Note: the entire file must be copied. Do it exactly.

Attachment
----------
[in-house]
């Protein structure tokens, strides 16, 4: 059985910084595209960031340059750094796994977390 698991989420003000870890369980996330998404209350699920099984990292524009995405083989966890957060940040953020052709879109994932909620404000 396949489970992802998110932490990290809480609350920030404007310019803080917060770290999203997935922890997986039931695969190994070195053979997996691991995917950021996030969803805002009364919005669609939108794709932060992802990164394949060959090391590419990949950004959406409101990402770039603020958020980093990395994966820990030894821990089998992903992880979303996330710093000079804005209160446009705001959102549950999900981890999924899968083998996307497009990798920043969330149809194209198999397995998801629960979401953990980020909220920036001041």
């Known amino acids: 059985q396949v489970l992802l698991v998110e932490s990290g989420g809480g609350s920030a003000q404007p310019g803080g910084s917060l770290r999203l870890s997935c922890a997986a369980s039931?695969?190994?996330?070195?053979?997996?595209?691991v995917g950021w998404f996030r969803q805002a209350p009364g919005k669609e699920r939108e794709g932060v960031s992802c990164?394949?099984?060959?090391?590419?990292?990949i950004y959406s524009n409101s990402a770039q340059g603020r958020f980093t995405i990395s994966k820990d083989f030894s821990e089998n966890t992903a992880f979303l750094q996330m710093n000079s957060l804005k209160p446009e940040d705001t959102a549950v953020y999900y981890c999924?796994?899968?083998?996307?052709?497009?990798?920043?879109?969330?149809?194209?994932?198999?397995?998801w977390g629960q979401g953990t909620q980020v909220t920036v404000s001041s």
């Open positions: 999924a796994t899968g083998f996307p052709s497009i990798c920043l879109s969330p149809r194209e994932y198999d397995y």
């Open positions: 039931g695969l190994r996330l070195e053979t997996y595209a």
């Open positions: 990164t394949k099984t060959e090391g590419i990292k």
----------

[in-house]
């Protein structure tokens, strides 16, 4: 059985910084595209960031340059750094796994977390 698991989420003000870890369980996330998404209350699920099984990292524009995405083989966890957060940040953020052709879109994932909620404000 396949489970992802998110932490990290809480609350920030404007310019803080917060770290999203997935922890997986039931695969190994070195053979997996691991995917950021996030969803805002009364919005669609939108794709932060992802990164394949060959090391590419990949950004959406409101990402770039603020958020980093990395994966820990030894821990089998992903992880979303996330710093000079804005209160446009705001959102549950999900981890999924899968083998996307497009990798920043969330149809194209198999397995998801629960979401953990980020909220920036001041």
């Known amino acids: 059985q396949v489970l992802l698991v998110e932490s990290g989420g809480g609350s920030a003000q404007p310019g803080g910084s917060l770290r999203l870890s997935c922890a997986a369980s039931?695969?190994?996330?070195?053979?997996?595209?691991v995917g950021w998404f996030r969803q805002a209350p009364g919005k669609e699920r939108e794709g932060v960031s992802c990164?394949?099984?060959?090391?590419?990292?990949i950004y959406s524009n409101s990402a770039q340059g603020r958020f980093t995405i990395s994966k820990d083989f030894s821990e089998n966890t992903a992880f979303l750094q996330m710093n000079s957060l804005k209160p446009e940040d705001t959102a549950v953020y999900y981890c999924?796994?899968?083998?996307?052709?497009?990798?920043?879109?969330?149809?194209?994932?198999?397995?998801w977390g629960q979401g953990t909620q980020v909220t920036v404000s001041s």
């Open positions: 999924a796994t899968g083998f996307p052709s497009i990798c920043l879109s969330p149809r194209e994932y198999d397995y």
């Open positions: 039931g695969l190994r996330l070195e053979t997996y595209a």
């Open positions: 990164t394949k099984t060959e090391g590419i990292k």